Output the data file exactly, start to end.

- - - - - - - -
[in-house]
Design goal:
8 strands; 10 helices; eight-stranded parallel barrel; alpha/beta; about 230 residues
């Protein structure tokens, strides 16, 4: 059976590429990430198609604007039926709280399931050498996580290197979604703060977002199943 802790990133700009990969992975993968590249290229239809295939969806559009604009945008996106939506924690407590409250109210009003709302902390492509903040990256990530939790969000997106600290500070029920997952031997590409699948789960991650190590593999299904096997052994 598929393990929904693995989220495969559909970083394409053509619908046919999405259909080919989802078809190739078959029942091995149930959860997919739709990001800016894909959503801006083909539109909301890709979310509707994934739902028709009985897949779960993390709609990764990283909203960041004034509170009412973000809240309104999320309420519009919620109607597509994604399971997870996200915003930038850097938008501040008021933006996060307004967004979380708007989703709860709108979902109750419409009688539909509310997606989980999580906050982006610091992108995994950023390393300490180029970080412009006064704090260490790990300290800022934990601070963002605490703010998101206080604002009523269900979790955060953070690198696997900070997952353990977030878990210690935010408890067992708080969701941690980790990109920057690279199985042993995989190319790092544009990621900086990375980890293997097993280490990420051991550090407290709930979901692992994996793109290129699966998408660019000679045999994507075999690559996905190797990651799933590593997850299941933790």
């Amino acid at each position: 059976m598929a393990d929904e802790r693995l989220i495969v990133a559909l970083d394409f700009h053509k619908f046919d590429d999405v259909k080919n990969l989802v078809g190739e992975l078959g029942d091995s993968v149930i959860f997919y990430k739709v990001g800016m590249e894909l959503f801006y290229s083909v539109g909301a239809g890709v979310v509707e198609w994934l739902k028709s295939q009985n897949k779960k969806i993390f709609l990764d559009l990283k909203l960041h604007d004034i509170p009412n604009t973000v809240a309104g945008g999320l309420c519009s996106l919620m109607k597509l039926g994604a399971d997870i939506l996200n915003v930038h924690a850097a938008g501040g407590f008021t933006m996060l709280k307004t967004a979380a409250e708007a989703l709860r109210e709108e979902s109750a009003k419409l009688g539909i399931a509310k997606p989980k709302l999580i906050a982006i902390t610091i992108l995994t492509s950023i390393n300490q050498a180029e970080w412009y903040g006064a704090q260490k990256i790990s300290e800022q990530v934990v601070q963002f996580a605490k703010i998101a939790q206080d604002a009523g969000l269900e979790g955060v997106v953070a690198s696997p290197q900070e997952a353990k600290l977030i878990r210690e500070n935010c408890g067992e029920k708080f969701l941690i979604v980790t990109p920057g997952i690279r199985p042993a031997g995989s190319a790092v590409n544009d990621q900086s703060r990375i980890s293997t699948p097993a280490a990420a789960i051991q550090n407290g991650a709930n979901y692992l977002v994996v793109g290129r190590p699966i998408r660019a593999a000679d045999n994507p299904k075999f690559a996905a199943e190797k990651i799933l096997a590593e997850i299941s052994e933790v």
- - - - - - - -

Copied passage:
[in-house]
Design goal:
8 strands; 10 helices; eight-stranded parallel barrel; alpha/beta; about 230 residues
């Protein structure tokens, strides 16, 4: 059976590429990430198609604007039926709280399931050498996580290197979604703060977002199943 802790990133700009990969992975993968590249290229239809295939969806559009604009945008996106939506924690407590409250109210009003709302902390492509903040990256990530939790969000997106600290500070029920997952031997590409699948789960991650190590593999299904096997052994 598929393990929904693995989220495969559909970083394409053509619908046919999405259909080919989802078809190739078959029942091995149930959860997919739709990001800016894909959503801006083909539109909301890709979310509707994934739902028709009985897949779960993390709609990764990283909203960041004034509170009412973000809240309104999320309420519009919620109607597509994604399971997870996200915003930038850097938008501040008021933006996060307004967004979380708007989703709860709108979902109750419409009688539909509310997606989980999580906050982006610091992108995994950023390393300490180029970080412009006064704090260490790990300290800022934990601070963002605490703010998101206080604002009523269900979790955060953070690198696997900070997952353990977030878990210690935010408890067992708080969701941690980790990109920057690279199985042993995989190319790092544009990621900086990375980890293997097993280490990420051991550090407290709930979901692992994996793109290129699966998408660019000679045999994507075999690559996905190797990651799933590593997850299941933790």
């Amino acid at each position: 059976m598929a393990d929904e802790r693995l989220i495969v990133a559909l970083d394409f700009h053509k619908f046919d590429d999405v259909k080919n990969l989802v078809g190739e992975l078959g029942d091995s993968v149930i959860f997919y990430k739709v990001g800016m590249e894909l959503f801006y290229s083909v539109g909301a239809g890709v979310v509707e198609w994934l739902k028709s295939q009985n897949k779960k969806i993390f709609l990764d559009l990283k909203l960041h604007d004034i509170p009412n604009t973000v809240a309104g945008g999320l309420c519009s996106l919620m109607k597509l039926g994604a399971d997870i939506l996200n915003v930038h924690a850097a938008g501040g407590f008021t933006m996060l709280k307004t967004a979380a409250e708007a989703l709860r109210e709108e979902s109750a009003k419409l009688g539909i399931a509310k997606p989980k709302l999580i906050a982006i902390t610091i992108l995994t492509s950023i390393n300490q050498a180029e970080w412009y903040g006064a704090q260490k990256i790990s300290e800022q990530v934990v601070q963002f996580a605490k703010i998101a939790q206080d604002a009523g969000l269900e979790g955060v997106v953070a690198s696997p290197q900070e997952a353990k600290l977030i878990r210690e500070n935010c408890g067992e029920k708080f969701l941690i979604v980790t990109p920057g997952i690279r199985p042993a031997g995989s190319a790092v590409n544009d990621q900086s703060r990375i980890s293997t699948p097993a280490a990420a789960i051991q550090n407290g991650a709930n979901y692992l977002v994996v793109g290129r190590p699966i998408r660019a593999a000679d045999n994507p299904k075999f690559a996905a199943e190797k990651i799933l096997a590593e997850i299941s052994e933790v």